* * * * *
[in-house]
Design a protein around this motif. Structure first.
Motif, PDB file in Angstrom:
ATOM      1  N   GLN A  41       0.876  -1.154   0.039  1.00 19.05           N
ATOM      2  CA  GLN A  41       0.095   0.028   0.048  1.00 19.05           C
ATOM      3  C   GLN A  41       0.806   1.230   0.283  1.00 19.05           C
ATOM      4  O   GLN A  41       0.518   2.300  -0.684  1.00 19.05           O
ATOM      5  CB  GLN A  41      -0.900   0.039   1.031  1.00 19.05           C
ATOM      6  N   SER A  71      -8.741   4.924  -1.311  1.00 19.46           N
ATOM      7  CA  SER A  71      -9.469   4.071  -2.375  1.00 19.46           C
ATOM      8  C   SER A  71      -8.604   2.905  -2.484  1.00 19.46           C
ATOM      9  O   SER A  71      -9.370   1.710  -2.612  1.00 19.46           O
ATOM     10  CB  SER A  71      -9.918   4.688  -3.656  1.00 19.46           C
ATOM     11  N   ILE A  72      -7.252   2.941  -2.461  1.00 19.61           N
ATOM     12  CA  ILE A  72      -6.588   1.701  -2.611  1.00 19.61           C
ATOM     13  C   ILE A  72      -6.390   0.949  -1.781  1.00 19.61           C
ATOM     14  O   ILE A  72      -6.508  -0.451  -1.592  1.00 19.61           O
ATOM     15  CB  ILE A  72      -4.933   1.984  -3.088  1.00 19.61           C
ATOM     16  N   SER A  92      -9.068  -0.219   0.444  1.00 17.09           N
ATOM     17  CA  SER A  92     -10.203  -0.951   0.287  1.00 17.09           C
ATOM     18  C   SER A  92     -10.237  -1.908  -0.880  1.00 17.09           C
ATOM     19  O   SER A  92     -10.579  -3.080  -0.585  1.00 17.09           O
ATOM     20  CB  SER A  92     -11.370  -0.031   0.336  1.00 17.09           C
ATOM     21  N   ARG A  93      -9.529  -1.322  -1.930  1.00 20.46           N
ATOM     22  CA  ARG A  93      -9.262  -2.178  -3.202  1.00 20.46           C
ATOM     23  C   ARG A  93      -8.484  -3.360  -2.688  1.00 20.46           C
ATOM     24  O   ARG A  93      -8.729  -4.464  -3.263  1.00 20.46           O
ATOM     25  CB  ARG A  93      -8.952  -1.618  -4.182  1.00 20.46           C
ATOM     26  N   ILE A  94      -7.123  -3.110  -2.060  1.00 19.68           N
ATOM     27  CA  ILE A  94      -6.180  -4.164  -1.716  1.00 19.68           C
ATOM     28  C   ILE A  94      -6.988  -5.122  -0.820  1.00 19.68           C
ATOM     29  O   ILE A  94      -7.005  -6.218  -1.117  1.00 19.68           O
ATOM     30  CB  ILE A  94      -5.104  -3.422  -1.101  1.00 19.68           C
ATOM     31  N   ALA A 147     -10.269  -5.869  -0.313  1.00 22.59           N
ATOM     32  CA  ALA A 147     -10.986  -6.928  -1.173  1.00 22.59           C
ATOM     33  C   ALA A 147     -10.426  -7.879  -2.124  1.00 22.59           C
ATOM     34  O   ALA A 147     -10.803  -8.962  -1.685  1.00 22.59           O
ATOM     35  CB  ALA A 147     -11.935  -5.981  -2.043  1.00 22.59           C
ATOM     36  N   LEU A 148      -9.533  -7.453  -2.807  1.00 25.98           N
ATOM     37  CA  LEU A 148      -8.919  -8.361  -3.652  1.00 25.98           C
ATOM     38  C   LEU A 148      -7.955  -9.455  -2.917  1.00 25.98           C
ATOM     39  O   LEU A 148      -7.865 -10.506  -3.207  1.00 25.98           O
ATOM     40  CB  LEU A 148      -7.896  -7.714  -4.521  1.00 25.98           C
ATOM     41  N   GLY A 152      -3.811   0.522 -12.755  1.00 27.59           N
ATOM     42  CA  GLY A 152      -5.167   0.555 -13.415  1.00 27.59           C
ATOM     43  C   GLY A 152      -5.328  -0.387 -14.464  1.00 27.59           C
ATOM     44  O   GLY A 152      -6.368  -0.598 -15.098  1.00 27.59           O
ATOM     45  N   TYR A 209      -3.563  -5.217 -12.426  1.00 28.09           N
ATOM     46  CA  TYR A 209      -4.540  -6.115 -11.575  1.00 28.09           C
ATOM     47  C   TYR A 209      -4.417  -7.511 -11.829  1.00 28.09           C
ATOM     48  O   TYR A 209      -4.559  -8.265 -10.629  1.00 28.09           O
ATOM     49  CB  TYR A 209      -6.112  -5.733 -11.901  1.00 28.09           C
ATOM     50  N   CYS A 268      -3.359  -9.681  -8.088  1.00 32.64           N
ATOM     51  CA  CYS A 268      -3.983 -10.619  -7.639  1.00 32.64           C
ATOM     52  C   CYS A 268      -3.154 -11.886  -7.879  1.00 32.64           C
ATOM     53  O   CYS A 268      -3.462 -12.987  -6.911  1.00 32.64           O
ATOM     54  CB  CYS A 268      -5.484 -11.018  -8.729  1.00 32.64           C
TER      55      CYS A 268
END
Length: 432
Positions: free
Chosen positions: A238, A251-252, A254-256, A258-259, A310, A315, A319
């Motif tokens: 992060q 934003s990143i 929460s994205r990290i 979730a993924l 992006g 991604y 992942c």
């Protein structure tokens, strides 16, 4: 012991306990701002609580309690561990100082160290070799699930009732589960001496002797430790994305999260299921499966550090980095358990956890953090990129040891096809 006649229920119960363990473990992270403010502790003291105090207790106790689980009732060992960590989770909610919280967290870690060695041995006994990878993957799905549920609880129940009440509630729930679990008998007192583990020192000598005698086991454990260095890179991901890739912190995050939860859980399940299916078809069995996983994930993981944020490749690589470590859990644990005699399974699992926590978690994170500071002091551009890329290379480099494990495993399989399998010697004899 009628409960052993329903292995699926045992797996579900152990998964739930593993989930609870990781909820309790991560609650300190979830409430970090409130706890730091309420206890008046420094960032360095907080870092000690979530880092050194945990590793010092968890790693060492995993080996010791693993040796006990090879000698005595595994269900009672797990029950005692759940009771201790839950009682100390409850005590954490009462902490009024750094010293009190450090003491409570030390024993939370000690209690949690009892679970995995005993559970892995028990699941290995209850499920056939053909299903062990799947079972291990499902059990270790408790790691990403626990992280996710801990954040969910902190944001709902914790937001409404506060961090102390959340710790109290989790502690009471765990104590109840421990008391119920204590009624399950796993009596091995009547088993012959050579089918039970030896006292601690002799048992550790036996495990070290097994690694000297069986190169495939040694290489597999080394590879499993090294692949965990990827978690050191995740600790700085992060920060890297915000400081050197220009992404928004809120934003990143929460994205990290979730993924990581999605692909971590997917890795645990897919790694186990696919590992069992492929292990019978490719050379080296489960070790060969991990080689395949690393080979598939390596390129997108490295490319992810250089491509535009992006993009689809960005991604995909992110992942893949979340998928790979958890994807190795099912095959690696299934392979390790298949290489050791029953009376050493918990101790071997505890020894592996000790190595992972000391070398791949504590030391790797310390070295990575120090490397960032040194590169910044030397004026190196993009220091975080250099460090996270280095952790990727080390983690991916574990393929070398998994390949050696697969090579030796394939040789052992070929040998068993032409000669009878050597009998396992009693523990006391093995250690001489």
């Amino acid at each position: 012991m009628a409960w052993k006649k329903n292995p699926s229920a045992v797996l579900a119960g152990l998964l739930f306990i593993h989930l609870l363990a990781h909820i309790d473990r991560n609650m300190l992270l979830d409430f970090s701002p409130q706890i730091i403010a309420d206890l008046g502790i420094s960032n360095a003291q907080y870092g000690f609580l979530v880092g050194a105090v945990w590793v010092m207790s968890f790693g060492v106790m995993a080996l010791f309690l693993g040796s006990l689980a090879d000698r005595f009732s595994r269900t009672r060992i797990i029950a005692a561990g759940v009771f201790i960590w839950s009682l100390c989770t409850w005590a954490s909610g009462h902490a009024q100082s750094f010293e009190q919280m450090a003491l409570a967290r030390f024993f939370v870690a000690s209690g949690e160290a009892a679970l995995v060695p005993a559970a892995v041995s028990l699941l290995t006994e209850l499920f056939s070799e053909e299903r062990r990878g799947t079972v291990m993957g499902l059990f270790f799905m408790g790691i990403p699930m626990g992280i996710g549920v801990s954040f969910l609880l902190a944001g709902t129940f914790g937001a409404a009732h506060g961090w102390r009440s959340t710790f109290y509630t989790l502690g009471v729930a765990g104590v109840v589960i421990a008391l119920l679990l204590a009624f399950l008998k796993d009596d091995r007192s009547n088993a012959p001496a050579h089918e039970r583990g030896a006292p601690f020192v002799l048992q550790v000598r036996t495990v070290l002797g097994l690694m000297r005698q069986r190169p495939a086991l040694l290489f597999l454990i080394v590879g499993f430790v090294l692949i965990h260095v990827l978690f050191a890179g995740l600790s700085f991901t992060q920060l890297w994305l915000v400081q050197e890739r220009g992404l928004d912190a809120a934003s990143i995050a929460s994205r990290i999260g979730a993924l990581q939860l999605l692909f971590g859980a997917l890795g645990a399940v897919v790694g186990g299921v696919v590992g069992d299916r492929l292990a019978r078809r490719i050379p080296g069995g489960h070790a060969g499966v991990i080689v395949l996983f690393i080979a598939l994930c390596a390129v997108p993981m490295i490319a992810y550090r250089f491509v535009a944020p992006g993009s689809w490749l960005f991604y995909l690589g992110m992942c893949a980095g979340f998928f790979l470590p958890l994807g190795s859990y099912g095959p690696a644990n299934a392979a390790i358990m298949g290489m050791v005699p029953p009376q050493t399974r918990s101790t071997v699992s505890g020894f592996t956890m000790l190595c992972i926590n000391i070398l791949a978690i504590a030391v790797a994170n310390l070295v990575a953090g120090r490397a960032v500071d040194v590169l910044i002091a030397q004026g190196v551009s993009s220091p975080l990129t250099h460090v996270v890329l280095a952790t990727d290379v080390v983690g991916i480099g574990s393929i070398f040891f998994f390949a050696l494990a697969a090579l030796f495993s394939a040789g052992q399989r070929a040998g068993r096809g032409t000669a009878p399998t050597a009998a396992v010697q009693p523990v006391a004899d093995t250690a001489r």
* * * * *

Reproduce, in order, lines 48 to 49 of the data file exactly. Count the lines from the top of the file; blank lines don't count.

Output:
ATOM     45  N   TYR A 209      -3.563  -5.217 -12.426  1.00 28.09           N
ATOM     46  CA  TYR A 209      -4.540  -6.115 -11.575  1.00 28.09           C